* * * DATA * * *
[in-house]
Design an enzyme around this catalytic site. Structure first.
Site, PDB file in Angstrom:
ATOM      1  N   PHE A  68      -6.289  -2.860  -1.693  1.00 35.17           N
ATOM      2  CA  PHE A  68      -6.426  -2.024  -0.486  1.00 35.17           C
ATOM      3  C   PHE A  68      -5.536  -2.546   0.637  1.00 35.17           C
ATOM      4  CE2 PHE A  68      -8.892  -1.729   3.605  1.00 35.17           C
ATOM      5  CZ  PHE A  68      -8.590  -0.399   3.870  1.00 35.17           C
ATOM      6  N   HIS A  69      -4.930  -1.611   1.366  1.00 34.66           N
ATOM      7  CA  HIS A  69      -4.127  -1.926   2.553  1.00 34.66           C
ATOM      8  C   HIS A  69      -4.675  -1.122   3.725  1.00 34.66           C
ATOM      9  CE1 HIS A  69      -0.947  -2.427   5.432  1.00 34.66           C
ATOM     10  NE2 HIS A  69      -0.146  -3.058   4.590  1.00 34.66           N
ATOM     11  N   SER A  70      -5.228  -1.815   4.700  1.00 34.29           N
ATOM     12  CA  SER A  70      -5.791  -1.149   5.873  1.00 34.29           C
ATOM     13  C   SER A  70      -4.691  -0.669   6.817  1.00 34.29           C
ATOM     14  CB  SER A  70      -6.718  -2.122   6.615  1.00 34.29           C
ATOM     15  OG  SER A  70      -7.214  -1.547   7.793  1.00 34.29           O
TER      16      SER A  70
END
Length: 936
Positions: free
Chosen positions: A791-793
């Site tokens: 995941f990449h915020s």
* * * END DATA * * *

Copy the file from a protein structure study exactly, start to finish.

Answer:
[in-house]
Design an enzyme around this catalytic site. Structure first.
Site, PDB file in Angstrom:
ATOM      1  N   PHE A  68      -6.289  -2.860  -1.693  1.00 35.17           N
ATOM      2  CA  PHE A  68      -6.426  -2.024  -0.486  1.00 35.17           C
ATOM      3  C   PHE A  68      -5.536  -2.546   0.637  1.00 35.17           C
ATOM      4  CE2 PHE A  68      -8.892  -1.729   3.605  1.00 35.17           C
ATOM      5  CZ  PHE A  68      -8.590  -0.399   3.870  1.00 35.17           C
ATOM      6  N   HIS A  69      -4.930  -1.611   1.366  1.00 34.66           N
ATOM      7  CA  HIS A  69      -4.127  -1.926   2.553  1.00 34.66           C
ATOM      8  C   HIS A  69      -4.675  -1.122   3.725  1.00 34.66           C
ATOM      9  CE1 HIS A  69      -0.947  -2.427   5.432  1.00 34.66           C
ATOM     10  NE2 HIS A  69      -0.146  -3.058   4.590  1.00 34.66           N
ATOM     11  N   SER A  70      -5.228  -1.815   4.700  1.00 34.29           N
ATOM     12  CA  SER A  70      -5.791  -1.149   5.873  1.00 34.29           C
ATOM     13  C   SER A  70      -4.691  -0.669   6.817  1.00 34.29           C
ATOM     14  CB  SER A  70      -6.718  -2.122   6.615  1.00 34.29           C
ATOM     15  OG  SER A  70      -7.214  -1.547   7.793  1.00 34.29           O
TER      16      SER A  70
END
Length: 936
Positions: free
Chosen positions: A791-793
């Site tokens: 995941f990449h915020s």